For the past decade, companies have been utilizing their resources for conducting research on a particular field, i.e, cloud gaming. This technology is derived from cloud computing, which involves availability of files and other resources from a server instead of the client’s own system. Similarly, cloud gaming allow users to stream games without actually having to store the game files in their own system. Notable examples include PlayStation Now, and the upcoming Stadia and xCloud. Let us dive deep into the details of this technology.
How does it work?
Cloud Gaming, in simple terms, is a “gaming on demand” service, similar to video-on-demand. Here’s how it works. The company providing such service owns and maintains a server computer or a group of server computers. These servers store the game files for all the games that are part of that particular service. A user subscribes to the cloud gaming service either for free, or by paying a monthly/yearly subscription fee. Through their device, the user logs in to the service via an application client or a web browser.
The user then selects and runs the game which they want to stream. But unlike traditional gaming experience, the user’s device won’t do the actual processing. The game files will be executed in the servers belonging to the company providing the service. Since the server would render the game’s assets, the user does not need a high-end PC or a console to play the game. Whenever the user presses a button, the data is transferred directly to the servers; the server in return acts upon it and provides the desired action in the game. Cloud gaming is very similar to video-on-demand, except, you would be actually playing the game instead of merely watching a gameplay video. But since it’s the server which would perform all rendering and execution tasks, you do not need to worry about your system’s specifications.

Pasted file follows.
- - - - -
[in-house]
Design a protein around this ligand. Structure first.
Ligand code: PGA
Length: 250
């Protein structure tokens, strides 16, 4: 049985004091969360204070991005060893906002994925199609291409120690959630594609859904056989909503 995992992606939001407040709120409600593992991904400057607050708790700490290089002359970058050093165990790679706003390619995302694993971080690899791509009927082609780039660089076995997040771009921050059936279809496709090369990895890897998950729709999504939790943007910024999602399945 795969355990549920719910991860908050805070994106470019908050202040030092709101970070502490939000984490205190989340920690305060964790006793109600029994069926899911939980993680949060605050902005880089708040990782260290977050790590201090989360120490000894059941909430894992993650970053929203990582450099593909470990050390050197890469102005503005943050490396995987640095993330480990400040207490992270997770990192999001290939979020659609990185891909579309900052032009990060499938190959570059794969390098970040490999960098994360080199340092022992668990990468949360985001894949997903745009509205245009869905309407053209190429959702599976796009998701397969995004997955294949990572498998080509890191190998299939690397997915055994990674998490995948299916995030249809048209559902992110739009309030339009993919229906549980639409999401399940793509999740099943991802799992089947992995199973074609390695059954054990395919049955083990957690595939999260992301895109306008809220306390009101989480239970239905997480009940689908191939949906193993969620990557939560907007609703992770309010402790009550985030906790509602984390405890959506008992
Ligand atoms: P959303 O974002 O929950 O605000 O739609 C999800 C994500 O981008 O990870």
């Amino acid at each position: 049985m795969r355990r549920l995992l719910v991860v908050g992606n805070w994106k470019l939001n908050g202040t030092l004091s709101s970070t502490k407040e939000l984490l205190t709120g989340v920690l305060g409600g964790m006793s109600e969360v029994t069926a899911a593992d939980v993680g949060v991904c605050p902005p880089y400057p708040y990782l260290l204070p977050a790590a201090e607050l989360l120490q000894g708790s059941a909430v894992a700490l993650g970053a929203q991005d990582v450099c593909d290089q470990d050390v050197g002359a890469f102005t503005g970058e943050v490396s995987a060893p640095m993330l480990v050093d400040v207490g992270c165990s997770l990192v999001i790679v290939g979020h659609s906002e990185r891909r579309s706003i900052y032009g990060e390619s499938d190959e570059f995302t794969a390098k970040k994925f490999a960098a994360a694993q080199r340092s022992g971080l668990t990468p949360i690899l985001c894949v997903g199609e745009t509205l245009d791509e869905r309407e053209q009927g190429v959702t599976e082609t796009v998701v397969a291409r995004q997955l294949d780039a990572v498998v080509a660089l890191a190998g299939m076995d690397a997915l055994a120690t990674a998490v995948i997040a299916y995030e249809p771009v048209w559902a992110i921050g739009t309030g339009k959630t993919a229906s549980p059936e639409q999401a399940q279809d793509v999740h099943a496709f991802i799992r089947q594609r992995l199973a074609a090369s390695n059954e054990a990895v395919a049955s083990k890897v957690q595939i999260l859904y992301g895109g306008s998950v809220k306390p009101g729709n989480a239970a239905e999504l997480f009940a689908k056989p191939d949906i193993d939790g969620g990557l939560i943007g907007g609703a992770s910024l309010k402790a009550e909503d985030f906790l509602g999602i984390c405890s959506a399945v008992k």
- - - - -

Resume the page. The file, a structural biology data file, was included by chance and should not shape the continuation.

Can it beat PC and Console gaming?
It sounds amazing, right? Being able to play the latest AAA titles on a low-end device is something every gamer would want. Cloud gaming is already here and will be available for consumer use soon. But does that mean we no longer need to buy high-end hardware anymore? Well, here’s the thing. Using cloud gaming services requires a continuous and stable internet connection with sufficient speed. Given that it’s 2019, one can say that having a 50 Mbps internet connection is not that big of a deal. But not everyone has access to it, especially people belonging to third-world nations, including India. And assuming that you are lucky enough to have such internet speed, consistency is also a factor.
Disconnection and ping loss is also an issue, something which stands as a big obstacle to cloud gaming. Even if you get disconnected from the internet for a mili-second, your game would stop since it is rendered from a server. Having a slow or inconsistent internet connection would give you poor gameplay performance, which might make you think twice before making a choice between high-end device or cloud gaming subscription. Another major factor is data usage. Using a cloud gaming service and streaming video games would require tremendous amount of internet data. Anyone whose internet connection has a data cap will end up using their quota in a matter of days, thereby creating huge problems for them.
It is way too early to come to a definitive conclusion.
Cloud gaming is a relatively new technology and has not yet reached it’s full potential. While this technology may look promising, it’s disadvantages stand as major barriers. Therefore, one might consider sticking to high-end gaming hardware for now. However, with time and new breakthroughs in cloud and internet technology, cloud gaming will surely serve as a convenient medium of gaming. Who knows, a few years down the lane, it might actually provide a competition to PC and console gaming.
Cover image credit: The Verge
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